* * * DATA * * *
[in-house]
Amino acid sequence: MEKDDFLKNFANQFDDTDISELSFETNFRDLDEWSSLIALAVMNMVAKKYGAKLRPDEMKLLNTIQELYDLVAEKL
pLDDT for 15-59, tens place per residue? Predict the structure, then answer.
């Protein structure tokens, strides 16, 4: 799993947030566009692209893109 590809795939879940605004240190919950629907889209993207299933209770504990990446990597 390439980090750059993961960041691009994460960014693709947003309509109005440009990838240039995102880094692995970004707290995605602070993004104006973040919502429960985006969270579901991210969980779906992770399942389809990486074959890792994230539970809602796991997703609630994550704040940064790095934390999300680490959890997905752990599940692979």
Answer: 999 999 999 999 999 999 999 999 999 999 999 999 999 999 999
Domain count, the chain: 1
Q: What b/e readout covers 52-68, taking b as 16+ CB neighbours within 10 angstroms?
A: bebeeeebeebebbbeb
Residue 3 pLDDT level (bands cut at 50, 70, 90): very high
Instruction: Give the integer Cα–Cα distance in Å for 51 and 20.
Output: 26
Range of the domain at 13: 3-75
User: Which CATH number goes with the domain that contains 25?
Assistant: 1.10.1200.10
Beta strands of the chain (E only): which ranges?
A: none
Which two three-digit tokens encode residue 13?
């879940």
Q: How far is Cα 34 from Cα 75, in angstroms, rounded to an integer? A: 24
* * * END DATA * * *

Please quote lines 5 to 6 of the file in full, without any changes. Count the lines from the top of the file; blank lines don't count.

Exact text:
Answer: 999 999 999 999 999 999 999 999 999 999 999 999 999 999 999
Domain count, the chain: 1